World champion lion dancers from Malaysia practice for this weekend's competition, their first in the United States.

into town

You have to give Harlan Lee a lot of credit. The head instructor of Hawaii's Gee Yung International Martial Arts Dragon and Lion Dance Association has tried two previous times to get world-class lion dance groups to the islands to wow an audience here.

Hawaii World Invitational
Lion Dance Championships

Where: Blaisdell Arena
When: 6 p.m. preliminaries today and 7 p.m. finals tomorrow
Tickets: $35, $50 and $65
Call: 591-2211

And this is more than just what local folks are familiar with during Chinese New Year celebrations or store openings. There's an acrobatic and athleticism involved in pole dancing, that will be showcased this weekend at the Hawaii World Invitational Lion Dance Championships at the Blaisdell Arena.

Audiences for the preliminaries and finals today and tomorrow will see two-man teams from here, China, Hong Kong, Taiwan, Malaysia, Singapore, Indonesia, Australia and the United Kingdom do precarious routines on ascending jongs (poles) that rise up to 9 feet, in sync with the usual drums, cymbals and gongs.

Japan was supposed to have a team represented in the competition, but had to bow out when the "head player" (as opposed to the "tail player") broke his leg while practicing. And as of Tuesday, when we last spoke to Lee, the Hong Kong team was able to get their visas just in the nick of time (with the help of Sen. Dan Inouye's office), although "the head player still had to go through a second interview at the consulate, and if he clears that, he'll have to pay for his own flight out." If he's prevented from leaving Hong Kong, however, Lee says they're going to have to loan a head player to the visiting team.

That may be easier said than done. In rehearsals held behind the Gerber Field House at St. Louis School Sunday afternoon, the just-arrived Malaysian team Khuan Loke (which just won an important competition at the Guayuhng Kite Festival in China, where they were the only outside team among nine teams), limbered up by casually going through their winning routines. Even so, it was clearly evident that the two-man teams -- even without the lion costume -- need to work in perfect tandem with each other in order to pull off a performance.

Both the head and tail players must move as one, with the tail player being strong enough to occasionally lift the more lithe and acrobatic head player. Now, add a costume that, while relatively light in fabric weight and with a headpiece supported by rattan and aluminum, still must move like a lion, with body and blinking eye expressions.

The head player only has vision through the mouth and the circular slits around the eyes. And, on top of this, the team has to negotiate its way up metal poles with non-padded bases, jumping between and hopping on platforms not more than a foot wide.

All of this is performed under strictly judged rules and regulations, where points are either won or deducted for such things as coordination of the lion's head and tail and footwork, the harmony between the lion and the music, the expressiveness of the lion and the degree of difficulty of the routine that includes the picking of cheng (reward) at the uppermost pole.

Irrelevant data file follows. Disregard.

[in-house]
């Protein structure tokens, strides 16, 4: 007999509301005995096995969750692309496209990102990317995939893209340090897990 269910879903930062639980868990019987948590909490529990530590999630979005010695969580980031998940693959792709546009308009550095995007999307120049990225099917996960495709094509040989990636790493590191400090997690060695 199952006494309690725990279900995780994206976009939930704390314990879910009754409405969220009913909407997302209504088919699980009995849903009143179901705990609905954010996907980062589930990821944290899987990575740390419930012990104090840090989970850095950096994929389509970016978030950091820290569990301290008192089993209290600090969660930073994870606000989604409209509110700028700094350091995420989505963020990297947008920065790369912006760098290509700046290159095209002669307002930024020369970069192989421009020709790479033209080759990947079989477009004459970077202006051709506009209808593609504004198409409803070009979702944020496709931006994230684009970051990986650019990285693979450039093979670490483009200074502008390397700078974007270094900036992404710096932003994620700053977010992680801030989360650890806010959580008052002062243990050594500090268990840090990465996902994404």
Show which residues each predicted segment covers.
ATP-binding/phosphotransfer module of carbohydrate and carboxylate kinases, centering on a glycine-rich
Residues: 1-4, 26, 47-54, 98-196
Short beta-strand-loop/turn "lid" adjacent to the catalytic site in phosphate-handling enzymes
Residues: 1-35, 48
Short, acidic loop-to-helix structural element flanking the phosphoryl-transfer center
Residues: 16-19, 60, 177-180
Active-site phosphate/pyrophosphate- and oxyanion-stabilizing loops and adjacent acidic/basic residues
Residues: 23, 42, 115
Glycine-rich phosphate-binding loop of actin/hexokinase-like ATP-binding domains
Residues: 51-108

Total points usually run the scale of 7 to 10. Lee says no team has ever scored a perfect 10 in the history of lion dance competition, the best being 9.35.

A member of Singapore's Sar Ping Lion Dance Association team practices balancing at the Blaisdell Arena.

IT WAS because of 9/11 and the outbreak of SARS that Lee's two previous attempts at bringing such an exciting competition to Hawaii failed. So far, the third time seems to be the charm. To attract such world talent, he helped organize a first-prize winning purse of $10,000 (with $5,000 for second and $2,500 third).

This marks the first time such a championship has been brought to the United States. Due to the ever-expanding international popularity of lion dancing on poles, "groups in the states have wanted to organize their own championship, but teams from Asia usually cringe over too-long flights that would be needed, so Hawaii, with its location between Asia and the U.S., makes for a more appealing place to have a championship. It's sad that the whole U.S. contingent can't come here to watch this."

Partly because of its appeal to extreme sport enthusiasts, "the art of lion dancing is spreading worldwide -- there are teams in the U.K., France, Holland and the U.S. is up-and-coming. But, of course, the Asian teams are considered the powerhouses."

Two guests will make this weekend's competition even more special. Master H.P. Siow, considered the man of lion dancing -- coach of the current world champion Kun Seng Keng team from Malaysia and manufacturer of the Southern Lion heads that Lee says that "95 percent of all competition teams use" -- will be here, as will one of his prize students, Master Robin Chan Siew Kee, king of the Hok Shan style of drumming. He will exhibit his mastery of his own, large da gui (drum) tomorrow.

The Southern Lion, which most local and U.S. audiences are familiar with and is used in lion dance competitions, is different from the Northern Lion, which is part of the Beijing Opera tradition and focuses more on jumping and playing with props.

Lee says Master Siow's lion heads are noted for their colorful, hand-painted designs and use of New Zealand fur. One head usually goes for $800.

"Lion dancing is truly a sport and any nationality can participate in it," Lee says. "In fact, when China has the Summer Olympic Games in 2008, they hope to make it an exhibition sport."

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